North

N.W.T. Power Corp. mulls rate hike as generators roar

Low water levels at the Snare Lake Hydro facility have forced the N.W.T. Power Corp. to runs its diesel generators in Yellowknife for much of the last eight months. It's costing tens of thousands of dollars a day.

Diesel generators have made up for low water levels for much of the past 8 months

Yellowknife's Jeremy Studney says a power rate hike could send people out of the territory. 'The cost of living here is way too high.' (CBC)

Yellowknifers may soon have to pay more to power their homes.

Low water levels at the Snare Lake Hydro facility, about 140 kilometres east of Yellowknife, have forced the N.W.T. Power Corp. to runs its diesel generators in Yellowknife for most of the last eight months. It's costing tens of thousands of dollars a day.

Last year, the power corporation applied for a two-year rate hike following one of the driest summers in decades. The idea sparked outrage from consumers, and in late September, the government announced it would borrow $20 million to cover the cost.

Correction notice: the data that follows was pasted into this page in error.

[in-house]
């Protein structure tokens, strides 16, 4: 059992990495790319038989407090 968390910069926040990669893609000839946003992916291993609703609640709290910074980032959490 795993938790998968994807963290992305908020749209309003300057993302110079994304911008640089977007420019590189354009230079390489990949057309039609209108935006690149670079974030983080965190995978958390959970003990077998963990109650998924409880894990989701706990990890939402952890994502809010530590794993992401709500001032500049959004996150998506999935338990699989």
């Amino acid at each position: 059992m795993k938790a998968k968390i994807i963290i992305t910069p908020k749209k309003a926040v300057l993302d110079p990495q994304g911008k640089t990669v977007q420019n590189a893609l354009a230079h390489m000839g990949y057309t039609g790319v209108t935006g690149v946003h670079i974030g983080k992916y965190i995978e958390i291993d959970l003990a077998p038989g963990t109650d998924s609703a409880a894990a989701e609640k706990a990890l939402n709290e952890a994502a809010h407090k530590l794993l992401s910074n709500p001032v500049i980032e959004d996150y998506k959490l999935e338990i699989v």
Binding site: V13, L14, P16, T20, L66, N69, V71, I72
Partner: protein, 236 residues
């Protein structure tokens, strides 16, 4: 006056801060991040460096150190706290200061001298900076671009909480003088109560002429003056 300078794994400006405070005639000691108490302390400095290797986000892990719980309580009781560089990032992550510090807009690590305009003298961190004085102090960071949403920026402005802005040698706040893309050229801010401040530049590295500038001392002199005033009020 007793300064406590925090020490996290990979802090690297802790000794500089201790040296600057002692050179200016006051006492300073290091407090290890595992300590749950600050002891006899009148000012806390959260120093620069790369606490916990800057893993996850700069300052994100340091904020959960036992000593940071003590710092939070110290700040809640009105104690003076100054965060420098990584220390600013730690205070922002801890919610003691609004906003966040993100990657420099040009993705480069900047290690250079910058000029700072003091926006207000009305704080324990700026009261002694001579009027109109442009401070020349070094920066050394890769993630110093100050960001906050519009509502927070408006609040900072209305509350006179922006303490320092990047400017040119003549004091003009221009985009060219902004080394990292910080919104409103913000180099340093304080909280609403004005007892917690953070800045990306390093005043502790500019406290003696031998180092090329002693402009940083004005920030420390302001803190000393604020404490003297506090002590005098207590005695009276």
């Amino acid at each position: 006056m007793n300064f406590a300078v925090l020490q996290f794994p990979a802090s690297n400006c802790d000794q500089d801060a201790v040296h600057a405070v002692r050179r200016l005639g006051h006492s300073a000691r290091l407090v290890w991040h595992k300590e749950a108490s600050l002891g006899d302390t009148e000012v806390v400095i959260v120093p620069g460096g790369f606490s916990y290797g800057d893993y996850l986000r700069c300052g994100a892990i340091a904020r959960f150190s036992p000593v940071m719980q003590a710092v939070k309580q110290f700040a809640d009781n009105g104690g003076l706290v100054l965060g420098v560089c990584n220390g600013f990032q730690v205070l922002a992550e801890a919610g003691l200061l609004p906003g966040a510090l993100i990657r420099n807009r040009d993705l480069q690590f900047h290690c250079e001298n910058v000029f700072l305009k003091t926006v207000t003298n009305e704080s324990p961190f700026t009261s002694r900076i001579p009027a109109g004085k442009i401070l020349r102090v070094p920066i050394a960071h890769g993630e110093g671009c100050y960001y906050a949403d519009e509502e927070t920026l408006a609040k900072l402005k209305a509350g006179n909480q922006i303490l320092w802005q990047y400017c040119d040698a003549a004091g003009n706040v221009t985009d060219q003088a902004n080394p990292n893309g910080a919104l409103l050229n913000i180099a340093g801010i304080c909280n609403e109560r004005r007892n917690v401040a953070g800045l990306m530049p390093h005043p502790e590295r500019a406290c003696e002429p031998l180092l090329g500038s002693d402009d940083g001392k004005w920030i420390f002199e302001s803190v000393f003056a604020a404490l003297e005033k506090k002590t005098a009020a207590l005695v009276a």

In a statement last week, the minister responsible for the power corporation said the government can't keep subsidizing power. It's currently deliberating on whether to apply for a power rate hike.

Hydroelectric dams provide 75 per cent of the territory's power, leaving it vulnerable in a drought. (CBC)
Hydroelectric dams provide 75 per cent of the territory's power.

"The water levels are, if not at historic lows, very, very low," said Michael Miltenberger back in March. "We've got to track that impact on potential costs to rates."

At that time, water levels in Great Slave Lake were about 10 centimetres below 2014 levels, which were already 10 centimetres below average. 

'I think people are going to end up leaving'

If a power rate hike goes into effect, at least one person says it will force more people out of the capital.

"The cost of living here is way too high," says Jeremy Studney. "I think people are going to end up leaving."

Studney has already re-insulated his home to save on heat. He's started hanging his clothes to dry and turning off the lights as much as possible to save on power.

"We try to do everything and in the summertime, we still had a $300 bill. For what? The furnace isn't on."

Moving away, he says, is another option.

"We are considering it ourselves."

A power rate hike would have to be approved by the public utilities board before going into effect. 

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